Hemodialysis Access

Dialysis/pheresis catheters are used to “clean” the blood in patients with kidney failure requiring hemodialysis or patients with immune diseases requiring plasma pheresis. These treatments require rapid flow of blood in and out of the body and thus the catheters tend to be relatively large in diameter (approximately 4mm)


Specific catheters:
AshSplit® catheter -- tunneled catheter
Hemoglide catheter -- tunneled catheter
 
Quinton® catheter (for short-term use) –non-tunneled catheter.

The catheter chosen for you depends on its intended use and the expected length of time it will be needed.

These catheters are usually placed into a vein in your neck (internal jugular) or sometimes under the collar bone (subclavian).  They are referred to as “tunneled catheters” because part of the catheter travels under the skin. This actually reduces the risk of infection and is makes it more convenient to manage them.


What happens during the procedure?

Conscious sedation is provided just prior to starting the procedure. You will be connected to several types of monitoring equipment. 


You will be lying flat on the x-ray table. Pillows can be placed under your knees to help take the pressure off your back. A towel is wrapped around your head to protect your hair from the antiseptic solutions used to clean your skin. Sterile drapes are placed over your head and body with your neck/upper chest exposed. Your face will not be covered and the nurse can communicate with you during the procedure.


Lidocaine local anesthesia will be injected under the skin overlying the site of entry into the vein.  You will have sensations of pushing or pulling but you should not feel sharp pain during the procedure. After the catheter is tunneled under your skin, you will have an x-ray to ensure the tip of the catheter is positioned within or near the right atrium of the heart.


Finally the catheter is sutured to the skin. Over the ensuing weeks your body will form a tight seal around the “cuff” of the catheter and the sutures will no longer be necessary. The sutures should stay in for at least 2 weeks following the placement of the catheter. This seal also is important in guarding against infection.  Your dialysis nurse will remove the sutures when the time comes.


This procedure takes approx 1hr- 1.5hrs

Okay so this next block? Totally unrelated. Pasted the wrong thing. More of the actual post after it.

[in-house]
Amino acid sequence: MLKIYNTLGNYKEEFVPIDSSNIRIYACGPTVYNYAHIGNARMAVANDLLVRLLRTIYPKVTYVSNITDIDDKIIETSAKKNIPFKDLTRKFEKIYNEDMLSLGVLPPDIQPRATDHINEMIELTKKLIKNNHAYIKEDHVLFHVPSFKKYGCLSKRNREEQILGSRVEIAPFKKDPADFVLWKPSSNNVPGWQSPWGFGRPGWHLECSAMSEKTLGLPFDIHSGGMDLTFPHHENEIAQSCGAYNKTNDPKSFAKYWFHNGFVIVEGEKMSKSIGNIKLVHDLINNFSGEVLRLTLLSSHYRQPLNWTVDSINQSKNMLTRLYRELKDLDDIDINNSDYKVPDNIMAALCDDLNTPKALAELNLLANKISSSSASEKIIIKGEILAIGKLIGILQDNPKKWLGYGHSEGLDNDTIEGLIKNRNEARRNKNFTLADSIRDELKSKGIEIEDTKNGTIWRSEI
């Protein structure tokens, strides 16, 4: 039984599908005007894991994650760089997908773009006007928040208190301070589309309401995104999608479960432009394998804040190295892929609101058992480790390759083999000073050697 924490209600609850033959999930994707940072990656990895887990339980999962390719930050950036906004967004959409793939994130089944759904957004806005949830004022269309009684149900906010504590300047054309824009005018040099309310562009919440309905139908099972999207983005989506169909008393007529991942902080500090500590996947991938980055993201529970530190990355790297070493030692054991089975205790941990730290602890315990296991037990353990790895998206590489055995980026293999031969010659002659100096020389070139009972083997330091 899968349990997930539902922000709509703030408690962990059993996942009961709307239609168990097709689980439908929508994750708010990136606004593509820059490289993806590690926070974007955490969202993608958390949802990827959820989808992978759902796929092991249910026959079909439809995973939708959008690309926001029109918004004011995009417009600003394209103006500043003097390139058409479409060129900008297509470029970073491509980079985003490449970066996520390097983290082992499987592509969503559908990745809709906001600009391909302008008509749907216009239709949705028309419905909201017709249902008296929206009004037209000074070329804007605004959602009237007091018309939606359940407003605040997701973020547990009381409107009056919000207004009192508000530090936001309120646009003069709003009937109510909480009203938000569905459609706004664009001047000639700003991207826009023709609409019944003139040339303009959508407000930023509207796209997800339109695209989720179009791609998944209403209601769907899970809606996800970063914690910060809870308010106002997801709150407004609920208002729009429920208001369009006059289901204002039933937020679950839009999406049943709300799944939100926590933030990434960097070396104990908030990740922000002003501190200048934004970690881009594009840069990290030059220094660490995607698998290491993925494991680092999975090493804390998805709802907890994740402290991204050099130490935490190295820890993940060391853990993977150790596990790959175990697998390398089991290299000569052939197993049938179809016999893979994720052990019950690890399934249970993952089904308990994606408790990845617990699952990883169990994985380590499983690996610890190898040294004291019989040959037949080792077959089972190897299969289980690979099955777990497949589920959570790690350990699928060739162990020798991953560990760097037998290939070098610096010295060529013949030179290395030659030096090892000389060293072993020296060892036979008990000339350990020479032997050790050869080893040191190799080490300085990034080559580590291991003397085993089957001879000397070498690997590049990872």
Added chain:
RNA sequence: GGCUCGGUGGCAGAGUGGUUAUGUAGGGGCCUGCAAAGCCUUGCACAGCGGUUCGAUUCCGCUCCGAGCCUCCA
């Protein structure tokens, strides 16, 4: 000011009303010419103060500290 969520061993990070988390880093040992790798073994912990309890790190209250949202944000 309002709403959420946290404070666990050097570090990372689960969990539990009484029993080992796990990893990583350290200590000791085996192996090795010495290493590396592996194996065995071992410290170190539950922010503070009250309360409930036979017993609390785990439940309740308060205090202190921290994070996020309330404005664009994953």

What happens after the procedure?

If conscious sedation medicine was administered, you will be required to stay to recover for 2 hours following the end of the procedure. After the initial dressing is applied, the dialysis nurse will take care of changing the dressings. You will be given a discharge instruction sheet for when you go home. You must have a responsible adult available to drive/escort you home from the hospital.

Caring for your Catheter at home:

·         Keep catheter site clean and dry.

·         Tell your doctor and dialysis nurse if you have any pain, redness, or swelling at the exit site or the catheter.

-          DO NOT pinch, poke, bend, or pull at your catheter.

-          DO NOT use sharp objects around your catheter.

-          DO NOT get your catheter wet.  (Cover catheter site with saran wrap / foil to shower).

·         Always keep your catheter secured to your skin to prevent accidentally pulling it out.

What to watch for:

Infection signs:

     Fever, chills, redness or tenderness and /or swelling and drainage from the exit site.  You may feel tired, have nausea or vomiting, if any of these occur, call your doctor.

Bleeding:

     If there is blood leaking from your catheter:  Pinch, clamp, or tie off end of catheter.  If bleeding around catheter exit site, put direct pressure where catheter enters neck and vein.  Call your doctor immediately.

Clotted Catheter:

     No blood return when nurse tries to start dialysis, catheter will need to be declotted or changed.

Pneumothorax:  (Air in lung)

     Shortness of breath or chest discomfort within hours of catheter insertion. 

THIS IS AN EMERGENCY!  CALL 911.

Air in Catheter: 

      May occur if the catheter is cut or cap is removed accidentally.  You may experience shortness of breath, chest pain or pass out.  THIS IS AN EMERGENCY! CALL 911, then lie on your left side with your head down and feet elevated until help arrives.

Swelling of the Neck, Arm, or Hand on catheter side:

If this occurs, call your doctor, he may want to get a special x-ray.

 

If you have any questions or need to reschedule an appointment please feel free to contact the Interventional Radiology Office at 802- 847-8359. Our business hours are Monday – Friday 8:30 a.m. to 5 p.m. Someone is available to take your call after hours for emergencies.

This information is provided by the Fletcher Allen Health Care, Department of Radiology, Division of Interventional Radiology and is not intended to replace the medical advice of your doctor or health care provider. Please consult your health care provider for advice about a specific medical condition. For additional health information, please contact your health care provider.